photo-eye Gallery is thrilled to announce Maggie Taylor as our newest represented artist.  Taylor constructs what she terms “dreamlike worlds inhabited by everyday objects.” An early adopter, Maggie Taylor has been utilizing digital technology to build her evocative and elaborate photomontages for more than 20 years. These whimsical narratives often begin as pastel background drawings with additional components such as 19th Century photographs, drawings, vintage toys, seashells, feathers, and taxidermy scanned and meticulously arranged over time to complete the scene. Working instinctively, Taylor crafts a surreal alternate reality rife with curious peculiarities and rich in symbolism.
"I work very spontaneously and intuitively, trying to come up with images that have a resonance and a somewhat mysterious narrative content. There is no one meaning for any of the images, rather they exist as a kind of visual riddle or open-ended poem, meant to be both playful and provocative. " – Maggie Taylor
Poet's house, 2015 – © Maggie Taylor
photo-eye is pleased to debut an online portfolio today including 20 works by Taylor in her signature style. We are also excited to announce that many of these pieces will be available to view in person at photo-eye Gallery’s booth during Art Palm Springs 2017.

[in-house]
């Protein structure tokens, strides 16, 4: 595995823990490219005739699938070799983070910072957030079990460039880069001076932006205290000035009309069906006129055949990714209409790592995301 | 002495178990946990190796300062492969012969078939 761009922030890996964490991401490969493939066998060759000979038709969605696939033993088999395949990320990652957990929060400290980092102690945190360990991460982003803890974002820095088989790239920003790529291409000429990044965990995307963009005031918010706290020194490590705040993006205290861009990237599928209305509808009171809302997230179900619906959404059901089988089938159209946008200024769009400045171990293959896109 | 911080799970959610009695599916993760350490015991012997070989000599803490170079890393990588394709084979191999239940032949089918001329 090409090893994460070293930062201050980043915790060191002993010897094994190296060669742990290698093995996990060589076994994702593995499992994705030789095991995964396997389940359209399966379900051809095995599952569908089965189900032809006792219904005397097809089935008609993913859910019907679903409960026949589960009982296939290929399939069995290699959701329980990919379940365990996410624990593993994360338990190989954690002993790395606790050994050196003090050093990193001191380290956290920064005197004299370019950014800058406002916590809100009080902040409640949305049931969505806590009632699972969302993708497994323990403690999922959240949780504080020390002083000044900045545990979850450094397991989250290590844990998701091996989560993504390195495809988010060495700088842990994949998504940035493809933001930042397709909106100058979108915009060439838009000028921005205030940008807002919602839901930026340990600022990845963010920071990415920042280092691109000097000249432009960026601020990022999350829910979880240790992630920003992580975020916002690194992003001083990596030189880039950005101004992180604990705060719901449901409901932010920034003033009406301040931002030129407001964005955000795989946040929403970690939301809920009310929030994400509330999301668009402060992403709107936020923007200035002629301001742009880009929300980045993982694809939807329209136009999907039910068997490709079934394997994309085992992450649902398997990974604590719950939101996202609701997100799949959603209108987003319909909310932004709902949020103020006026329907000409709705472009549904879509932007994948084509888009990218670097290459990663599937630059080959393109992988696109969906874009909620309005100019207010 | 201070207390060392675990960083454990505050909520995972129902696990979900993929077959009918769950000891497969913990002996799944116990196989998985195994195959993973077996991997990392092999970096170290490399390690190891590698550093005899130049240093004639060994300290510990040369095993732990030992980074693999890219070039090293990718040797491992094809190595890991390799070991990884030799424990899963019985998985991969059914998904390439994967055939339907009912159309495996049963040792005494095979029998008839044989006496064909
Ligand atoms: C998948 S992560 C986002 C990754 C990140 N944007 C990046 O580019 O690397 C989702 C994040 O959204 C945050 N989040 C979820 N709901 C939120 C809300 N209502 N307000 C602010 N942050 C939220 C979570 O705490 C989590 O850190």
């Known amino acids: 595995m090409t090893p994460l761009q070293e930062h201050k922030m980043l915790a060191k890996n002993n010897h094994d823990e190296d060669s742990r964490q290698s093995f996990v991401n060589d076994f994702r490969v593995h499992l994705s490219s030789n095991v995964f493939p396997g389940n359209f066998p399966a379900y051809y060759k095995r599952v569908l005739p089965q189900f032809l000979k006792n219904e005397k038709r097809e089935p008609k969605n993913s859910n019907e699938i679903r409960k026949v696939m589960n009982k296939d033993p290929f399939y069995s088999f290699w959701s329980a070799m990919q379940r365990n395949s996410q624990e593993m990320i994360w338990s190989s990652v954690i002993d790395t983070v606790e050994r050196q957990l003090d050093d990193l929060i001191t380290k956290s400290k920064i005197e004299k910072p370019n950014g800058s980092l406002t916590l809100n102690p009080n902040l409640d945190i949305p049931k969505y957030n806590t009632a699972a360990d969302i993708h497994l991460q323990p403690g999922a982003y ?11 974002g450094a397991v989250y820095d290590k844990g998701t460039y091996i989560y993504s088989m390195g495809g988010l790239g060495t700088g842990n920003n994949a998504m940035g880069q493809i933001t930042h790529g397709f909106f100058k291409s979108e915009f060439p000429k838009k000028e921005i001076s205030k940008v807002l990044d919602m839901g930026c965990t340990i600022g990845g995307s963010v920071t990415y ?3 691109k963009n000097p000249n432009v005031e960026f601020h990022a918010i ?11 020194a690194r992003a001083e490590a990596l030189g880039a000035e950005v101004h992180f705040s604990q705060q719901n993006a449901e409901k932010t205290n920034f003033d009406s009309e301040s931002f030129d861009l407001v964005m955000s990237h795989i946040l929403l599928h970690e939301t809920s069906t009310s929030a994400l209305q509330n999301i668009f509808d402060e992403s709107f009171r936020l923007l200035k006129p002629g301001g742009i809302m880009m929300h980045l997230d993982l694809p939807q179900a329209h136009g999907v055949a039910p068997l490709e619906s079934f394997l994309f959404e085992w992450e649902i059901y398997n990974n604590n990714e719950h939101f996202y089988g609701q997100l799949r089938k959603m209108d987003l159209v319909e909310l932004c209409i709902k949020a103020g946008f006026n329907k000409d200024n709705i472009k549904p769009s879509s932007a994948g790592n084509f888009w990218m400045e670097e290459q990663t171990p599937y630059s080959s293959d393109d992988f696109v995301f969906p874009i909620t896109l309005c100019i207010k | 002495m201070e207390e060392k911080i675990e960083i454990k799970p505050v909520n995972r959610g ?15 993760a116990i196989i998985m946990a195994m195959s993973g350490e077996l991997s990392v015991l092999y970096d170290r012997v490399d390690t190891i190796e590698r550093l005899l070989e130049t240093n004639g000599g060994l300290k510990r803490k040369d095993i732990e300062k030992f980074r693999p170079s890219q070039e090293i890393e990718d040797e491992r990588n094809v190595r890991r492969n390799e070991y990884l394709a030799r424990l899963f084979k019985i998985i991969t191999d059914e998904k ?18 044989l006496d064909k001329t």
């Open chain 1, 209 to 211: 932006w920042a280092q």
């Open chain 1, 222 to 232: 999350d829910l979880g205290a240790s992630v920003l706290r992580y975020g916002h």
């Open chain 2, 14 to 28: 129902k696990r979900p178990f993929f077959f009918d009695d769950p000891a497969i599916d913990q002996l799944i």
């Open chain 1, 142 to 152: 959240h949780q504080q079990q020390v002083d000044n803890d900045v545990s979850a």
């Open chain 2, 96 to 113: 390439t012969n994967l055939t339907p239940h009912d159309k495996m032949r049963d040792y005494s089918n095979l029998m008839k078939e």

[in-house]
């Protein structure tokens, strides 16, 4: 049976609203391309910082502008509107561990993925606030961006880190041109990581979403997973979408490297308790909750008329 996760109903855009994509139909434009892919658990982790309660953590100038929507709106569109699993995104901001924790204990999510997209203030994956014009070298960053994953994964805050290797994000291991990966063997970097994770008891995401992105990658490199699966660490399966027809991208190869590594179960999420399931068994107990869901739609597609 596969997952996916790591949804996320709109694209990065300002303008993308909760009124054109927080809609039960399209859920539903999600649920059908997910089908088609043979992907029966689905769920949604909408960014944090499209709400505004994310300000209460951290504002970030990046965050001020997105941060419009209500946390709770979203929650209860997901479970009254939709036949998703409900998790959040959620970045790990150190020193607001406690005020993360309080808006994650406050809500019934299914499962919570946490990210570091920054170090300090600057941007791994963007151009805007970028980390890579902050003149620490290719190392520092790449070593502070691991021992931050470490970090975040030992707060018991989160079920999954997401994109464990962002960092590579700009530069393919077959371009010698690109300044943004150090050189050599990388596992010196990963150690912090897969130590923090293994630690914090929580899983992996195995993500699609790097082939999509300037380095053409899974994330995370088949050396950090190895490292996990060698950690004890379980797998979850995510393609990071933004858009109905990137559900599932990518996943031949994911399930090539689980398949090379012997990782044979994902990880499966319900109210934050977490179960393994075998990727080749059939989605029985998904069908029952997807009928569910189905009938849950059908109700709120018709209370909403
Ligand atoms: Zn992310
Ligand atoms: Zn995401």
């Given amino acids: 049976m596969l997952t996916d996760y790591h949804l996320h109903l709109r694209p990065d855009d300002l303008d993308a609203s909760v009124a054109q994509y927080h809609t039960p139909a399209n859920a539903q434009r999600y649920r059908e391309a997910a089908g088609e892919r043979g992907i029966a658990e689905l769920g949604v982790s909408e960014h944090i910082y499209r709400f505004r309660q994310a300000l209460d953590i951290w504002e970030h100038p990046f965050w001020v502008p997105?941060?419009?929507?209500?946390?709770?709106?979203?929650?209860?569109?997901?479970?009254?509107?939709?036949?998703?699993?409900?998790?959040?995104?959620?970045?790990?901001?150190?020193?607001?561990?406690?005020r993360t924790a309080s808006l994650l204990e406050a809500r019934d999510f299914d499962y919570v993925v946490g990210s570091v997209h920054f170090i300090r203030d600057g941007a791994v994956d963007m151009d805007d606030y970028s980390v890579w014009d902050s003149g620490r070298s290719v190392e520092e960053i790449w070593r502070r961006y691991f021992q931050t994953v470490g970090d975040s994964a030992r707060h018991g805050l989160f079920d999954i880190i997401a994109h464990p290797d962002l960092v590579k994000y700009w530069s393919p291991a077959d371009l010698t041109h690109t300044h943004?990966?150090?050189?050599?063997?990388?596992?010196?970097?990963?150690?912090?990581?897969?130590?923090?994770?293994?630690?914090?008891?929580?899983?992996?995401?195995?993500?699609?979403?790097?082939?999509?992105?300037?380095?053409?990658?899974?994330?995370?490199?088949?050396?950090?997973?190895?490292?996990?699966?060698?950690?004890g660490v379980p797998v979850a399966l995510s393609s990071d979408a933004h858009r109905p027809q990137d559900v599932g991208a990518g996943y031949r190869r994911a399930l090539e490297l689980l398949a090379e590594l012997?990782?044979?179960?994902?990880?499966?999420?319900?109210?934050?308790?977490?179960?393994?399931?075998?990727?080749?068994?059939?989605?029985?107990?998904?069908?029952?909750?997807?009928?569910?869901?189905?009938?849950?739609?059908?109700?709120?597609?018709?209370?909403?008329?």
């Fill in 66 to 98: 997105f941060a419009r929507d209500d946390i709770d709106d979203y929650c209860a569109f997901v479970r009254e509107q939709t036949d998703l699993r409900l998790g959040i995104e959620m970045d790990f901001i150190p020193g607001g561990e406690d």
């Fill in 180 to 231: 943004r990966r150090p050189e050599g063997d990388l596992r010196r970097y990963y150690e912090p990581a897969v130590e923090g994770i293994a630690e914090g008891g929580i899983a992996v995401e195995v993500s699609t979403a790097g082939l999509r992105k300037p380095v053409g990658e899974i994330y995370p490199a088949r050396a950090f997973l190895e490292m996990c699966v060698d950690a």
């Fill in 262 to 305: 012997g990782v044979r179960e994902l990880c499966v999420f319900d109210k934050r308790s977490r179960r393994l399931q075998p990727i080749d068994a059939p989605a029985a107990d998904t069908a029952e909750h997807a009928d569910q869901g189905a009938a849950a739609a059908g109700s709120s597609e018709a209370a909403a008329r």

Limited edition archival pigment prints are available:

8 x 8 inches
Edition of 15
$1,500

15 x 15 inches
Edition of 15
$2,800

22 x 22 inches
Edition of 10
$4,500

36 x 36 inches
Edition of 9 or 5
$8,000

For more information, and to purchase prints by Maggie Taylor, please contact Gallery Staff at 505-988-5152 x 202 or gallery@photoeye.com.



A tale begun in other days, 2016 – © Maggie Taylor


photo-eye Bookstore Project Space Bookstore Project Space Exhibition – Karen Kuehn: Maverick Camera photo-eye welcomes Karen Kuehn to our Bookstore Project Space for an Exhibition Opening and Book Signing from 3 – 5pm on Saturday, February 25th.



Maverick Camera
KAREN KUEHN

BOOK SIGNING & EXHIBITION OPENING
Saturday, February 25th, 2017 3–5pm

photo-eye Bookstore Project Space
376 Garcia Street
Suite A
Santa Fe, NM 87501
505-988-5152 x 201

ABOUT THE EVENT

photo-eye welcomes Karen Kuehn to our Bookstore Project Space for an Exhibition Opening and Book Signing from 3 – 5pm on Saturday, February 25th. Kuehn will be present to sign copies of her latest monograph Maverick Camera, a collection of color and black-and-white photographs released in 2016 by FARMHOUSE Girl Productions. A selection of works by Kuehn from Maverick Camera will be on view in the Bookstore Project Space through Saturday, April 29th, 2017.


ABOUT THE ARTWORK

Maverick Camera is a collection of Karen Kuehn’s work primarily centered on her time as a professional photographer in New York City. Previously a Ranger for the US park service in Montana, Kuehn arrived in NYC in the late 1980’s just as The Factory, Interview Magazine, and Punk Rock were exploding on the scene. Maverick Camera is a memoir of sorts, where personal recollections and anecdotes mix with images lending an intimacy to the book while giving readers insight as to how a particular model or experience affected Kuehn. Karen’s beliefs, desires, and interests are delineated in her poetic text but also illustrated in her images, as Reid Callanan of the Santa Fe Photographic Workshops states: